In a combative interview on "Fox News Sunday," former President Clinton defended his handling of the threat posed by Osama bin Laden, saying he tried to have bin Laden killed and was attacked for his efforts by the same people who now criticize him for not doing enough.
Former U.S. President Bill Clinton listens to progress reports at the conclusion of the Clinton Global Initiative in New York September 22, 2006.[Reuters]
"That's the difference in me and some, including all of the right-wingers who are attacking me now," Clinton said in the interview. "They ridiculed me for trying. They had eight months to try, they did not try."
Clinton accused host Chris Wallace of a "conservative hit job" and asked: "I want to know how many people in the Bush administration you asked, 'Why didn't you do anything about theCole?' I want to know how many people you asked, 'Why did you fire Dick Clarke?'"
Wallace said Sunday he was surprised by Clinton's "conspiratorial view" of "a very non-confrontational question, 'Did you do enough to connect the dots and go after Al Qaida?'"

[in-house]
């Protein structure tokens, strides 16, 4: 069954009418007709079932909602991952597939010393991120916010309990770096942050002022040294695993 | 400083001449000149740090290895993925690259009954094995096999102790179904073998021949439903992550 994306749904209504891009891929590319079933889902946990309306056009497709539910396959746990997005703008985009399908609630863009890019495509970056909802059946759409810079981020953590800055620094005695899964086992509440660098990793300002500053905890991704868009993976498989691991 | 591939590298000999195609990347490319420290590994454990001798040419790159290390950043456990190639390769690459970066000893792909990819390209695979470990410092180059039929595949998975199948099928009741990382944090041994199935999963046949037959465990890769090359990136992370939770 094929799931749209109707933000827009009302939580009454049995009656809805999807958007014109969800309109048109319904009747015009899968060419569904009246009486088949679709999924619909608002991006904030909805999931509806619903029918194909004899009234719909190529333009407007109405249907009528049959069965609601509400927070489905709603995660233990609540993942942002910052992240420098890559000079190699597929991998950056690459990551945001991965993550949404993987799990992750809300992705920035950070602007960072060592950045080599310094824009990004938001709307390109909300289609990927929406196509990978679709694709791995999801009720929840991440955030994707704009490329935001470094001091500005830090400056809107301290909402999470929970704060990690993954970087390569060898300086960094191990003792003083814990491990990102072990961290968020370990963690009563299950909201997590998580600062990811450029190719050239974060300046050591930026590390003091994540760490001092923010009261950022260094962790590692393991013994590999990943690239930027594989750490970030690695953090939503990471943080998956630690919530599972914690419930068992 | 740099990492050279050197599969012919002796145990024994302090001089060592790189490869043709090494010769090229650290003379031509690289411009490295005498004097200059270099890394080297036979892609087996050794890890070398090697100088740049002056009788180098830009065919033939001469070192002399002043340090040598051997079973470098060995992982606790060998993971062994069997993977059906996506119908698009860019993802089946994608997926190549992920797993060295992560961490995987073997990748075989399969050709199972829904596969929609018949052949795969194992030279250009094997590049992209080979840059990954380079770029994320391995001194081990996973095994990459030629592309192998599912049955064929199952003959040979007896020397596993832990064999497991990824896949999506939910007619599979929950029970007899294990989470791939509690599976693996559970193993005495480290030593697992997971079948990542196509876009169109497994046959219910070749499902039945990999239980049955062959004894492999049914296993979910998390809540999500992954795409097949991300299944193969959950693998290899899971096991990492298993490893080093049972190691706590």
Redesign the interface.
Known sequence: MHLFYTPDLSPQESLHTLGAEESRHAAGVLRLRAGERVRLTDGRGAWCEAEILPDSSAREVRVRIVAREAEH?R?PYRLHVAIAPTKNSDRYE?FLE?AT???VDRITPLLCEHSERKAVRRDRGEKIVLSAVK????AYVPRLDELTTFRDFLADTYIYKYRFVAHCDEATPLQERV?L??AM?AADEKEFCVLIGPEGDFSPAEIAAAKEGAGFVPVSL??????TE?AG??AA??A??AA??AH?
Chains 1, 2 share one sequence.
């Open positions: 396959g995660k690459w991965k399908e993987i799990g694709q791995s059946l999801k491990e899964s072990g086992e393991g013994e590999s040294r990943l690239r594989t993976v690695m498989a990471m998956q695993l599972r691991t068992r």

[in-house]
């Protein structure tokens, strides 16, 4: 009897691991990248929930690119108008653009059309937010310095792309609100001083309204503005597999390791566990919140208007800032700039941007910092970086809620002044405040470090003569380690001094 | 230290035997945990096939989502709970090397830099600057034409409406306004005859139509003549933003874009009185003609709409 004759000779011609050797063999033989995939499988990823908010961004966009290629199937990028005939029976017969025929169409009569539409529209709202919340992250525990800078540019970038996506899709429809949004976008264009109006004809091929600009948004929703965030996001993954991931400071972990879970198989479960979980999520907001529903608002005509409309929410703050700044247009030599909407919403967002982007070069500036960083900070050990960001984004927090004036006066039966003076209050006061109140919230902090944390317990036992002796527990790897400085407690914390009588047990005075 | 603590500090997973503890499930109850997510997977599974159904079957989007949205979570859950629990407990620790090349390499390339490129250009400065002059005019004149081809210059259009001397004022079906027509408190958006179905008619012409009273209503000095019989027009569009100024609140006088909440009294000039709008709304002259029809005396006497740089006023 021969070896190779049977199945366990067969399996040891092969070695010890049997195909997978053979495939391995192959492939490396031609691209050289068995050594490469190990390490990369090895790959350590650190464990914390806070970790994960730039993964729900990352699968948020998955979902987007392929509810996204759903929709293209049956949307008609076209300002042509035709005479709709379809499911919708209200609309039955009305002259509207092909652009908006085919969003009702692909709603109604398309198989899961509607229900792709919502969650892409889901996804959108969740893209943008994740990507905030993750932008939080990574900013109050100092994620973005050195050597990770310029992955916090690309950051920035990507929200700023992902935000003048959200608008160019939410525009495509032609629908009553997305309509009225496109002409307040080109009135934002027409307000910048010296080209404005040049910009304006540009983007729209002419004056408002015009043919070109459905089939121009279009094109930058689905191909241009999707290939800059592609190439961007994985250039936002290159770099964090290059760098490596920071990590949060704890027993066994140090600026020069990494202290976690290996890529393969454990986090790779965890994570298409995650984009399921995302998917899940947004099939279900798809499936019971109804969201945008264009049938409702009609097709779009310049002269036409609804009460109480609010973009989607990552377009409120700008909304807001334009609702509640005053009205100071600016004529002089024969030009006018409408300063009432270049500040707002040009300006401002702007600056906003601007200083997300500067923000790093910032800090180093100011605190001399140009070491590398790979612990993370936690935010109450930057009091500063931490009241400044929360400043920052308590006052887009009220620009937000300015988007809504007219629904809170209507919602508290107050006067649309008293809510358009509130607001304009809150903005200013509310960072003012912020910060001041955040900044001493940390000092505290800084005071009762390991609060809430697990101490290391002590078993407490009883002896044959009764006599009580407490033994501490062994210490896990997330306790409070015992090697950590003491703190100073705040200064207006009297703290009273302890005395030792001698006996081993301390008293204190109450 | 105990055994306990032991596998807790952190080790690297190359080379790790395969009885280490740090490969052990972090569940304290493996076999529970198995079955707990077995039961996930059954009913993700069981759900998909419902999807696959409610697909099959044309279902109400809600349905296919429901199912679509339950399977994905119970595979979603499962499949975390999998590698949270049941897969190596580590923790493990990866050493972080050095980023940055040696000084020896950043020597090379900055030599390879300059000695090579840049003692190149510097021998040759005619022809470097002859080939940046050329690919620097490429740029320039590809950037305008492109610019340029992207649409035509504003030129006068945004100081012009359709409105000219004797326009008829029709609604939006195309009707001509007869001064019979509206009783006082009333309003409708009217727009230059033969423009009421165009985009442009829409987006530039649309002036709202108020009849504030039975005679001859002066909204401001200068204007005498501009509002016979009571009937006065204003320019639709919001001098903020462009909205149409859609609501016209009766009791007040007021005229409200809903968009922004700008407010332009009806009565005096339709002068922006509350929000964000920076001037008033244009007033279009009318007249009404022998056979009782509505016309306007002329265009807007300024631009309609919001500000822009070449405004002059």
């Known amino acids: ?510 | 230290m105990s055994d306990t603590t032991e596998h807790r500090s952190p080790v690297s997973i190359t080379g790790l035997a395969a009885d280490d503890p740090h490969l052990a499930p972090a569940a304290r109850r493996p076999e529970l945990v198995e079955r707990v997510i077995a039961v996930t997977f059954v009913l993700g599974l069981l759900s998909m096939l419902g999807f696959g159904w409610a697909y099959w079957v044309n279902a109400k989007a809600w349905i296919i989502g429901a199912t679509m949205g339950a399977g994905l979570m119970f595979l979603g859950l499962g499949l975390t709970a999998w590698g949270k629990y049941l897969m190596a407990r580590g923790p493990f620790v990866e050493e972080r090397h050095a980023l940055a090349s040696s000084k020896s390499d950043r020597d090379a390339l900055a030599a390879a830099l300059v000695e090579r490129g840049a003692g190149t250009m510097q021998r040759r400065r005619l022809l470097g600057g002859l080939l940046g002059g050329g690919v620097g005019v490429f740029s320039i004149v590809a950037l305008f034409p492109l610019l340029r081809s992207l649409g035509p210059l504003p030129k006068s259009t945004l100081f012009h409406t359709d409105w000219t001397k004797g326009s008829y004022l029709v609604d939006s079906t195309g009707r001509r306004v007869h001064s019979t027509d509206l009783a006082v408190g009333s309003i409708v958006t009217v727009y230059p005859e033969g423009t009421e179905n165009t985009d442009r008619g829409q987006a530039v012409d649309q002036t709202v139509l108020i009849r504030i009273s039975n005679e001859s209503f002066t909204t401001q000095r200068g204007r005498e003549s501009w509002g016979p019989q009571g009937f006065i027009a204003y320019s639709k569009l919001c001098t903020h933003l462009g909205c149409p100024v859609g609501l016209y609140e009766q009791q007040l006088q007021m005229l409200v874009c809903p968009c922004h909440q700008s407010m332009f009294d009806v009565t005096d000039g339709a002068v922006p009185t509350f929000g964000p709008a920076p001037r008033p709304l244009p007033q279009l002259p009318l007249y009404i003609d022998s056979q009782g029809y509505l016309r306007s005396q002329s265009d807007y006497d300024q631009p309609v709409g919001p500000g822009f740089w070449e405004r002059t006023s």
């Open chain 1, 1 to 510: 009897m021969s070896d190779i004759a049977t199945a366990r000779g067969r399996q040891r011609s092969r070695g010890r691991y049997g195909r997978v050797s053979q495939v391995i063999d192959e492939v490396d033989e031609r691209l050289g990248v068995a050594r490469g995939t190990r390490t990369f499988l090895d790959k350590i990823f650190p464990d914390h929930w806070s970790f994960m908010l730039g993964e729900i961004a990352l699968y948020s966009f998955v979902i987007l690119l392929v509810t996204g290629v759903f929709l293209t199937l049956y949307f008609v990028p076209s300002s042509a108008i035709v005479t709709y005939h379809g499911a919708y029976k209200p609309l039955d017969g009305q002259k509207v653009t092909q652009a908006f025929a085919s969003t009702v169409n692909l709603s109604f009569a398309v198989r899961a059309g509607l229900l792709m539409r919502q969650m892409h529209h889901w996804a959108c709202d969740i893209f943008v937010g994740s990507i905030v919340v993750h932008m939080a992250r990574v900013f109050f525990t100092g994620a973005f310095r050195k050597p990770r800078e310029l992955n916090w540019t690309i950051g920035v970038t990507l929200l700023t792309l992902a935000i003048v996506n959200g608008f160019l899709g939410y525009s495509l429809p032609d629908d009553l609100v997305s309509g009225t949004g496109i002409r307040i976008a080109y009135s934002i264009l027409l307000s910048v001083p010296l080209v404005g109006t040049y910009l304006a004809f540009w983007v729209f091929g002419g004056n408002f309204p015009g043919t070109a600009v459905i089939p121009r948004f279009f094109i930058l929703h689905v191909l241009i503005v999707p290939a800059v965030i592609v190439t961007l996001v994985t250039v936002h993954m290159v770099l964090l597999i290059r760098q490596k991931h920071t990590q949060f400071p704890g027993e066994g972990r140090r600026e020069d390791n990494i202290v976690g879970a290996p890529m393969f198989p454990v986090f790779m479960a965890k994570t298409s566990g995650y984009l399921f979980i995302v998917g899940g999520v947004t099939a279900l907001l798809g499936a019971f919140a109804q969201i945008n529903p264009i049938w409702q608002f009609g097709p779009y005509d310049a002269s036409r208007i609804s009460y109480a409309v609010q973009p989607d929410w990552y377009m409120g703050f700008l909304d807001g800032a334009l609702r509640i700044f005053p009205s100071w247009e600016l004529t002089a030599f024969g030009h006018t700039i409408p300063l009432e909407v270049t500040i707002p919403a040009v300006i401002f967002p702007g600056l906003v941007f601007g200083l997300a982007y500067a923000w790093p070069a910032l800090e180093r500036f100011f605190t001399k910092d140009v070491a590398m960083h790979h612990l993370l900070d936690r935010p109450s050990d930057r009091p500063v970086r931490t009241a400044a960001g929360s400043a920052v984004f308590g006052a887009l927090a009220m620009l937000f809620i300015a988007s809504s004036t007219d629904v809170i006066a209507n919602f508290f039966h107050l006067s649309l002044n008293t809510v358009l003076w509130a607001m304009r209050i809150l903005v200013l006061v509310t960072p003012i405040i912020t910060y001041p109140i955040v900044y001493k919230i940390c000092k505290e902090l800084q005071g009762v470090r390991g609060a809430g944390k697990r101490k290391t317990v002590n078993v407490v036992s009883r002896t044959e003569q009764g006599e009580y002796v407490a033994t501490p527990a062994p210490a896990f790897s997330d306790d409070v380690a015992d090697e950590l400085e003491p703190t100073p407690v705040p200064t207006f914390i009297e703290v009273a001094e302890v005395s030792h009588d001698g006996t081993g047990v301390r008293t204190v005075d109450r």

"All I did was ask him a question, and I think it was a legitimate news question. I was surprised that he would conjure up that this was a hit job," Wallace said in a telephone interview.
Clinton said he "worked hard" to try to kill bin Laden.
"We contracted with people to kill him. I got closer to killing him than anybody's gotten since," he said.
He told Wallace, "And you got that little smirk on your face and you think you're so clever, but I had responsibility for trying to protect this country. I tried and I failed to get bin Laden. I regret it, but I did try and I did everything I thought I responsibly could."
The interview was taped Friday during Clinton's three-day Global Initiative conference.